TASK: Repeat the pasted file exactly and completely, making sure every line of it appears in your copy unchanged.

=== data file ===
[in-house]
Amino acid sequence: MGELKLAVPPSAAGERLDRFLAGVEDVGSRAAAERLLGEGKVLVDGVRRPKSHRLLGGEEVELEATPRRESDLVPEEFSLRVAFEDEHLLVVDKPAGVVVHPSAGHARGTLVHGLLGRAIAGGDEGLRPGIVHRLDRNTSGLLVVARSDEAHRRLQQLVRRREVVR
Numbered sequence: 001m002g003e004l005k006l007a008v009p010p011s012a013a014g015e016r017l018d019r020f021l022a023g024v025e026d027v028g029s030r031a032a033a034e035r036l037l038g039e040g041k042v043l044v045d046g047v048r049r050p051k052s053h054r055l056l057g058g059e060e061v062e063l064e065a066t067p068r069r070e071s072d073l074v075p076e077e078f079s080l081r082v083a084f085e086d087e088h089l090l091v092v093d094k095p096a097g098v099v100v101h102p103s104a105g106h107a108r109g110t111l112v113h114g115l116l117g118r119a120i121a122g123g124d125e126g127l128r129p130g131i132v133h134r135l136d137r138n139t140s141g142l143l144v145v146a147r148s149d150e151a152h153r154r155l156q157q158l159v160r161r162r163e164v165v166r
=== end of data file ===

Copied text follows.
[in-house]
Amino acid sequence: MGELKLAVPPSAAGERLDRFLAGVEDVGSRAAAERLLGEGKVLVDGVRRPKSHRLLGGEEVELEATPRRESDLVPEEFSLRVAFEDEHLLVVDKPAGVVVHPSAGHARGTLVHGLLGRAIAGGDEGLRPGIVHRLDRNTSGLLVVARSDEAHRRLQQLVRRREVVR
Numbered sequence: 001m002g003e004l005k006l007a008v009p010p011s012a013a014g015e016r017l018d019r020f021l022a023g024v025e026d027v028g029s030r031a032a033a034e035r036l037l038g039e040g041k042v043l044v045d046g047v048r049r050p051k052s053h054r055l056l057g058g059e060e061v062e063l064e065a066t067p068r069r070e071s072d073l074v075p076e077e078f079s080l081r082v083a084f085e086d087e088h089l090l091v092v093d094k095p096a097g098v099v100v101h102p103s104a105g106h107a108r109g110t111l112v113h114g115l116l117g118r119a120i121a122g123g124d125e126g127l128r129p130g131i132v133h134r135l136d137r138n139t140s141g142l143l144v145v146a147r148s149d150e151a152h153r154r155l156q157q158l159v160r161r162r163e164v165v166r